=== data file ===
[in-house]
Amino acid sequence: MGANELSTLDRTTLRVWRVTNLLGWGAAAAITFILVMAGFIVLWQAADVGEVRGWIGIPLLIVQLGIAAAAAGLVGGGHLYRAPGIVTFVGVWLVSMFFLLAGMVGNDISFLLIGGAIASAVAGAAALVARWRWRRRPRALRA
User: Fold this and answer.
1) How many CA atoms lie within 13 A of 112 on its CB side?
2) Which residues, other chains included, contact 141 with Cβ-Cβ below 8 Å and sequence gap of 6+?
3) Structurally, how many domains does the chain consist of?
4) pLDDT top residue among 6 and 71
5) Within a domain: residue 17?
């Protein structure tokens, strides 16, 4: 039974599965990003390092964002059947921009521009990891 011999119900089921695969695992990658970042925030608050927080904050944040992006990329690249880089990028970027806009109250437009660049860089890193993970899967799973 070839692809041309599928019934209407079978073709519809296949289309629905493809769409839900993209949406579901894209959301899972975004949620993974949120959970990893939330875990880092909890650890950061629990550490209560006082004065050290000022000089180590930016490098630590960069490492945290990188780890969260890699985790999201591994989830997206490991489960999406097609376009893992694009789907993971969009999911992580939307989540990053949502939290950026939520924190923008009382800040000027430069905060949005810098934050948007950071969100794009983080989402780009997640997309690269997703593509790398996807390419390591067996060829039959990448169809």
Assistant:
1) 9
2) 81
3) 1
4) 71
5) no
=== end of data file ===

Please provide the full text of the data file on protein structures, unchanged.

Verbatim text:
[in-house]
Amino acid sequence: MGANELSTLDRTTLRVWRVTNLLGWGAAAAITFILVMAGFIVLWQAADVGEVRGWIGIPLLIVQLGIAAAAAGLVGGGHLYRAPGIVTFVGVWLVSMFFLLAGMVGNDISFLLIGGAIASAVAGAAALVARWRWRRRPRALRA
User: Fold this and answer.
1) How many CA atoms lie within 13 A of 112 on its CB side?
2) Which residues, other chains included, contact 141 with Cβ-Cβ below 8 Å and sequence gap of 6+?
3) Structurally, how many domains does the chain consist of?
4) pLDDT top residue among 6 and 71
5) Within a domain: residue 17?
């Protein structure tokens, strides 16, 4: 039974599965990003390092964002059947921009521009990891 011999119900089921695969695992990658970042925030608050927080904050944040992006990329690249880089990028970027806009109250437009660049860089890193993970899967799973 070839692809041309599928019934209407079978073709519809296949289309629905493809769409839900993209949406579901894209959301899972975004949620993974949120959970990893939330875990880092909890650890950061629990550490209560006082004065050290000022000089180590930016490098630590960069490492945290990188780890969260890699985790999201591994989830997206490991489960999406097609376009893992694009789907993971969009999911992580939307989540990053949502939290950026939520924190923008009382800040000027430069905060949005810098934050948007950071969100794009983080989402780009997640997309690269997703593509790398996807390419390591067996060829039959990448169809």
Assistant:
1) 9
2) 81
3) 1
4) 71
5) no